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Legault to visit Quebec town reeling from vehicle attack : In The News for March 16

In The News is a roundup of stories from The Canadian Press designed to kickstart your day. Here is what's on the radar of our editors for the morning of March 16 ... What we are watching in Canada ...
Women place plush toys on the steps of the church in Amqui, Que., Wednesday, March 15, 2023. Two people were killed and nine others were injured Monday afternoon when a pickup truck plowed into pedestrians who were walking beside a road in Amqui.THE CANADIAN PRESS/Jacques Boissinot

In The News is a roundup of stories from The Canadian Press designed to kickstart your day. Here is what's on the radar of our editors for the morning of March 16 ...

What we are watching in Canada ...

Quebec Premier François Legault will today visit the eastern Quebec town where a pickup truck plowed into groups of pedestrians, killing two.

Legault will be joined by opposition leaders and other politicians in Amqui, the small community in the lower St-Lawrence region, where he will meet with local residents and hold a news conference.

Two men were killed and nine people were injured Monday when a man drove a truck down one of the eastern Quebec town's main streets, allegedly hitting several different groups of pedestrians in what police have described as an intentional act.

Thirty-eight-year-old Steeve Gagnon is facing two counts of dangerous driving causing death, and prosecutors have said more charges will follow.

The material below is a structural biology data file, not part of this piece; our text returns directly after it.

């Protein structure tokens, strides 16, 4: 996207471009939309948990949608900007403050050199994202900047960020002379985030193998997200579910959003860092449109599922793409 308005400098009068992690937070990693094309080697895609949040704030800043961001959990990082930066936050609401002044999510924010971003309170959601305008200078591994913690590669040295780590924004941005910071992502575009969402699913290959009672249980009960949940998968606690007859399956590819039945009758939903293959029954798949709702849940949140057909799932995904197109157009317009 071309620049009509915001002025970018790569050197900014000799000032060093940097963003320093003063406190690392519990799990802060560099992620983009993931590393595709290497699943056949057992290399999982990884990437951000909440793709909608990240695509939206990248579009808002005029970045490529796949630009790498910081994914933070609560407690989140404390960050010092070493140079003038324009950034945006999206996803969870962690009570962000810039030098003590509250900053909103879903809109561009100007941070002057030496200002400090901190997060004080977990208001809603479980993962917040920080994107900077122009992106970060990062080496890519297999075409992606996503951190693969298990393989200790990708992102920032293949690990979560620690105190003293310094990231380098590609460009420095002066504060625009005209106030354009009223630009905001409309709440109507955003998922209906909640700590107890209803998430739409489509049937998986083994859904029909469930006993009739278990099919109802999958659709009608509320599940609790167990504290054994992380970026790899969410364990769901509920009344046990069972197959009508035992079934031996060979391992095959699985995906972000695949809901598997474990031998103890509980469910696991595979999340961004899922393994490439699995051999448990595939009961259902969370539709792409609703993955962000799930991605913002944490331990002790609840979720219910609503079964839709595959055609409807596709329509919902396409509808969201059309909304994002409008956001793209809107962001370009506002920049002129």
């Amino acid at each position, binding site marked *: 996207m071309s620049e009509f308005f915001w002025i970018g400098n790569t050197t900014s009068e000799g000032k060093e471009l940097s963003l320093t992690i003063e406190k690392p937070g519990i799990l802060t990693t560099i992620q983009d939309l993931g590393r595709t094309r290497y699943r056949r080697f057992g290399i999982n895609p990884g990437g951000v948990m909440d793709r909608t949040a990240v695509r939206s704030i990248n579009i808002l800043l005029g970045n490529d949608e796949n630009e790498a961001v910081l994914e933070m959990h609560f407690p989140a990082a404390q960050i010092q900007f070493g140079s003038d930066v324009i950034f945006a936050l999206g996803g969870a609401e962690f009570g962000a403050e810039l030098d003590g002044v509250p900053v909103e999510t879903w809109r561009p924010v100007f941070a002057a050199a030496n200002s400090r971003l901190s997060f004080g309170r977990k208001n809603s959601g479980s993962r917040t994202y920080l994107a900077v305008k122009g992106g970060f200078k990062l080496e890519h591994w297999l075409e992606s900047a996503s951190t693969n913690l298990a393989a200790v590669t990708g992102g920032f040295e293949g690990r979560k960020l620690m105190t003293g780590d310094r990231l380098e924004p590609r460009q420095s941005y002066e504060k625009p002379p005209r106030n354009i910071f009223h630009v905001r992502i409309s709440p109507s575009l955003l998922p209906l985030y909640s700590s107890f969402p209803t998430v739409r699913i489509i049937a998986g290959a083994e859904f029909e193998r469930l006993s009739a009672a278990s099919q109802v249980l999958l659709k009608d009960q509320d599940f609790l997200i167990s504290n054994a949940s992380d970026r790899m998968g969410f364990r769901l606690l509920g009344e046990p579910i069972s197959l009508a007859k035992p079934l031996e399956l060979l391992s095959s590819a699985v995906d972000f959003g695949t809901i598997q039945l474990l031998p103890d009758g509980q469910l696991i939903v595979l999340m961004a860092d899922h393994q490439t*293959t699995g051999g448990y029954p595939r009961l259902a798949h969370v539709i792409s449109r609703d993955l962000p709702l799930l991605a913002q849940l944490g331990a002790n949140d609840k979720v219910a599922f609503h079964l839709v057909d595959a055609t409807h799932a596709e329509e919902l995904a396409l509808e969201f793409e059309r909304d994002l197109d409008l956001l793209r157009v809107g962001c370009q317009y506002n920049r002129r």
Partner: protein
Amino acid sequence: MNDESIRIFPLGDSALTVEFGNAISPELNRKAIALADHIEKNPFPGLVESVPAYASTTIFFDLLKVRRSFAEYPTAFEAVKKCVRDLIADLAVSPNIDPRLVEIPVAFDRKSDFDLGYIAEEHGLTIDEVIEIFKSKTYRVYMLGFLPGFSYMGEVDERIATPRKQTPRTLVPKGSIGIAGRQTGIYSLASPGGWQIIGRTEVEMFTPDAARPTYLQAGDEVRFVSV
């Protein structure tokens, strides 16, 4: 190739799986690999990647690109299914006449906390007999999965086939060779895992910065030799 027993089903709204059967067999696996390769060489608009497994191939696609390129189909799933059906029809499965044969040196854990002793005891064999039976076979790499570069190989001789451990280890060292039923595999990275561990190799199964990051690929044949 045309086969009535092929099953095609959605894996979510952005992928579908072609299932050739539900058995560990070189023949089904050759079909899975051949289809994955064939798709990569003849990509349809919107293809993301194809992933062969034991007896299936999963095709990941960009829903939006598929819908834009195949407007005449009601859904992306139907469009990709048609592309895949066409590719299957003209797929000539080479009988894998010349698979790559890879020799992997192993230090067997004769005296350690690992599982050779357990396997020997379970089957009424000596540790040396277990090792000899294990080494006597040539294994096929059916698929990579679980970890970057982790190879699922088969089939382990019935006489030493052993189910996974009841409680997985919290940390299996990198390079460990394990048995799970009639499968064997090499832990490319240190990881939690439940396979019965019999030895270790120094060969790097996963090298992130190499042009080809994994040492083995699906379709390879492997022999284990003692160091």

Legault said earlier this week that his visit to the shaken community is meant as a comforting gesture.

A candlelight vigil is also planned in front of the Saint-Benoît-Joseph-Labre church at 7 p.m.


Also this ...

Some federal government workers will be able to continue remote work for another year, as most face a March 31 deadline to return to the office at least two days a week. 

A spokesperson for Treasury Board President Mona Fortier says the government will take another year to "assess the benefits" of remote work for call centres at the Canada Revenue Agency and the departments of Immigration and Employment and Social Development.

The Procurement Department's pay centre will also work from home for another year, along with adjudicators for the Immigration and Refugee Board. 

In December, Fortier announced that all departments would be mandated back to the office at least two days a week to address inconsistencies across the public service. 

A union representing over 72,000 public servants says they have been told the extensions were needed because of retention and recruitment issues. 

The president of the Professional Institute of the Public Service of Canada says this is only leading to more chaos around the already contentious issue. 


What we are watching in the U.S. ...

The Biden administration's approval this week of the biggest oil drilling project in Alaska in decades promises to widen a rift among Alaska Natives, with some saying that oil money can't counter the damages caused by climate change and others defending the project as economically vital.